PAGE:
Overweight and obesity are increasing in epidemic proportions and are afflicting not only adults, but youth as well. Eating is one behavior that is greatly influenced by the workplace. Work is where many people spend the majority of their waking hours.
Foods in cafeterias, vending machines, on your desk or shared by fellow employees make up your worksite’s nutrition environment. Vending machines may be the only source of food-for-sale in a work place. Employees may use vending machines not only for snacks but sometimes for a meal.
Nutrition Environment Measures Survey-Vending (NEMS-V) was developed to evaluate the worksite vending machine environment. This survey builds on the nationally recognized Nutrition Environment Measurement Survey (NEMS) tools from University of Pennsylvania, that measure the availability of healthy food and beverage choices in the grocery store, convenience store or restaurant.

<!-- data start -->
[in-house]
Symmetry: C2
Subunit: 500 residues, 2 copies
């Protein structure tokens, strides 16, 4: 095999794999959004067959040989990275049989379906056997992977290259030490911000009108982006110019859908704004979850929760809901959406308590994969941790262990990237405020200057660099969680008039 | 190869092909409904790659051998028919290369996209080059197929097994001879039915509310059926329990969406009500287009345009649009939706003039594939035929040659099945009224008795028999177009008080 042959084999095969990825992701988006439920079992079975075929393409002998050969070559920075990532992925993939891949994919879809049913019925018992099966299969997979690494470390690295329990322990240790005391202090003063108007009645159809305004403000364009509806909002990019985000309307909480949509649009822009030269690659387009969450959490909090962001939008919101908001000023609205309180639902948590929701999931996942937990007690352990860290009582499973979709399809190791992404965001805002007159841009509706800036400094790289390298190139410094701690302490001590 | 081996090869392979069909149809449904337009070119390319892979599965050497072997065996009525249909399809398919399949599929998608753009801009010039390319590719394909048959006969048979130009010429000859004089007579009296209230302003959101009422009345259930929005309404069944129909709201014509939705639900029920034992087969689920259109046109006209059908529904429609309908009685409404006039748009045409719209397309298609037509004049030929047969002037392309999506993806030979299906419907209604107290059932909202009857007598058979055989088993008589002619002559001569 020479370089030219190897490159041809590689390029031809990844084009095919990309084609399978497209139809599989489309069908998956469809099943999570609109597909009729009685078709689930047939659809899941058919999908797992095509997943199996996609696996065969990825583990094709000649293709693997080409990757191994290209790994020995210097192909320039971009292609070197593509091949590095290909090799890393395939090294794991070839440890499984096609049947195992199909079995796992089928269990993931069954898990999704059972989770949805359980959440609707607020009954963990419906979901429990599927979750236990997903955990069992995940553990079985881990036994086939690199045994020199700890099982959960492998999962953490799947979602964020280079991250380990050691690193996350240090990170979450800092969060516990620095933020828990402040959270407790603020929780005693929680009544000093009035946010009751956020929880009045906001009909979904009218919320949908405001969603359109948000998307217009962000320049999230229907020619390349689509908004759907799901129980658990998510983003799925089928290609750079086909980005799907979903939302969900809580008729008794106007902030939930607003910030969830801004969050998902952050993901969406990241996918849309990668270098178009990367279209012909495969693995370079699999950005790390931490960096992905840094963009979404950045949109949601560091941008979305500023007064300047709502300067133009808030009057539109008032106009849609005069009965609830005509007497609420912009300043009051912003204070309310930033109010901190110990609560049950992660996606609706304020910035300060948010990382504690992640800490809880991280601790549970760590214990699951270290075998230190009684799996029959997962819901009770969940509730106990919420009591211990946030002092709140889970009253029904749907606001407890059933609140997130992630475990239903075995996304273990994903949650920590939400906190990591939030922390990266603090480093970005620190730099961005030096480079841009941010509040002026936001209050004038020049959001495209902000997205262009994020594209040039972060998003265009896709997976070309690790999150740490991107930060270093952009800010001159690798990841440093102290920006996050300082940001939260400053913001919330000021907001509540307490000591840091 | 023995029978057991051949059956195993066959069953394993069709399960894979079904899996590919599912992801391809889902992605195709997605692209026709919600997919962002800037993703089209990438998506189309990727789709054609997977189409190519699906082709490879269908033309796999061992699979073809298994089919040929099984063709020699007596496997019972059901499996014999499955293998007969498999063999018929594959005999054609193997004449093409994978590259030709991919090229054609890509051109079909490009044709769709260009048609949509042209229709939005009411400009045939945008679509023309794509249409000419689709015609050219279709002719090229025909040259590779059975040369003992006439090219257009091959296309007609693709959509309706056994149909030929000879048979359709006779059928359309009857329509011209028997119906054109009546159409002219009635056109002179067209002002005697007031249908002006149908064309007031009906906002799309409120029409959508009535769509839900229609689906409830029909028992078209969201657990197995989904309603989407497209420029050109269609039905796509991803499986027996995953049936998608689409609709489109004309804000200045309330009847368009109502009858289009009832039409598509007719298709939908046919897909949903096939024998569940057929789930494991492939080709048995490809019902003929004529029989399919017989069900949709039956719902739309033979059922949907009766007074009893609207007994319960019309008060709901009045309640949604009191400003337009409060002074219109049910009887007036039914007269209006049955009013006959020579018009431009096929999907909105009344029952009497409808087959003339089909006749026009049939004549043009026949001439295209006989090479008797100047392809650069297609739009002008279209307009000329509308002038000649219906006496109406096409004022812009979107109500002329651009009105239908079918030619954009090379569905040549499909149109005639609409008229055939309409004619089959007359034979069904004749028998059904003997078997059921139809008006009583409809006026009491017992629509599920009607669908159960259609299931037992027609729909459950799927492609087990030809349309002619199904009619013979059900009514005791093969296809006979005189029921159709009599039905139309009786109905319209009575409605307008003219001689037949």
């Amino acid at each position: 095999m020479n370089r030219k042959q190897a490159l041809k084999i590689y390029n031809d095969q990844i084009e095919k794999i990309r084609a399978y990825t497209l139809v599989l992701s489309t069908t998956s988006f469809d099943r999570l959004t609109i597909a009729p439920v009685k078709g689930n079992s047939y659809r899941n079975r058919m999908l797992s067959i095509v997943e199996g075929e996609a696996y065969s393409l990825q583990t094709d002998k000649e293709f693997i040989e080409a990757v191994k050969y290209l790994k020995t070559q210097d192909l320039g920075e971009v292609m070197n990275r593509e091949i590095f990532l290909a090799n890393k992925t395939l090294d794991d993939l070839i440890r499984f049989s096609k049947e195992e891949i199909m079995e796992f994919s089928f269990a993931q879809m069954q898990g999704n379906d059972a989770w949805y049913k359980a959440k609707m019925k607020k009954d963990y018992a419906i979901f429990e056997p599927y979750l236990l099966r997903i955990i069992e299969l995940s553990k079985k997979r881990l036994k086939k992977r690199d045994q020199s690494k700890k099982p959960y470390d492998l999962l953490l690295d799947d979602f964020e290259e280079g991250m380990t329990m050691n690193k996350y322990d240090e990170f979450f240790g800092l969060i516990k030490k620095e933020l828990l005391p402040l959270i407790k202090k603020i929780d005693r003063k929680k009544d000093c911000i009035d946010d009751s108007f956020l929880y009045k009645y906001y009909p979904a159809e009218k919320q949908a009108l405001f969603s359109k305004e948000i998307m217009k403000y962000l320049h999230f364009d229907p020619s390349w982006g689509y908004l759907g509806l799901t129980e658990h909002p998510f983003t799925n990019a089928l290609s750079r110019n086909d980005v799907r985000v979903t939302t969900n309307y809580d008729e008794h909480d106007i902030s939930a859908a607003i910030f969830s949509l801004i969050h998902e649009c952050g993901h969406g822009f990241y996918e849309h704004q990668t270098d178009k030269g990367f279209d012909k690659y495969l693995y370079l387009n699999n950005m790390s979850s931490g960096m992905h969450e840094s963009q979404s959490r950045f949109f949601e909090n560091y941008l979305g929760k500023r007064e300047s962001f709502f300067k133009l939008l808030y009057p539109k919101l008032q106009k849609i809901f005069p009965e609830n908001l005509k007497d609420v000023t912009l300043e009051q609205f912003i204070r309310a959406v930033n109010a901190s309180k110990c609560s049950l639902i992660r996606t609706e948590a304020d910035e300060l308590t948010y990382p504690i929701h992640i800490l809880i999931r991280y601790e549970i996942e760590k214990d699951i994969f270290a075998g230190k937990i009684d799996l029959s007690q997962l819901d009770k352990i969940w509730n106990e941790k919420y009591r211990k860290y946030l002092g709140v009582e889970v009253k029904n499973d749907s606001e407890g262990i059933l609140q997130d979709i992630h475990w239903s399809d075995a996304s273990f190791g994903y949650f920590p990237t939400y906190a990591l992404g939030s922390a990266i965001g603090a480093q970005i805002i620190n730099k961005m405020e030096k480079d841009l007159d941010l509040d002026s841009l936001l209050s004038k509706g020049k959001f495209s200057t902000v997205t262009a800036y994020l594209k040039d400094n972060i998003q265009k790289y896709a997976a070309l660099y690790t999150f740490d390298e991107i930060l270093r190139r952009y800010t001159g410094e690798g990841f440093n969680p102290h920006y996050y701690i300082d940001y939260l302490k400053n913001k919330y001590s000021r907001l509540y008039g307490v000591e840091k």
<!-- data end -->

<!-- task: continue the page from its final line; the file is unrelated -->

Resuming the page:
Nutrition standards for the NEMS-V were originally based on Institute of Medicine (IOM) Nutrition Standards for Foods in Schools. Some standards were modified to support the Iowa Healthy Kids Act passed in 2008. Other modifications were made for consumers older than 18. Currently, criteria is being updated to match Health and Sustainability Guidelines (HHS) for Federal Concessions and Vending Operation (2012). The HHS criteria is for consumers older than 18. For information on vending for children, please see USDA's Nutrition Guidelines for All Foods Sold in Schools.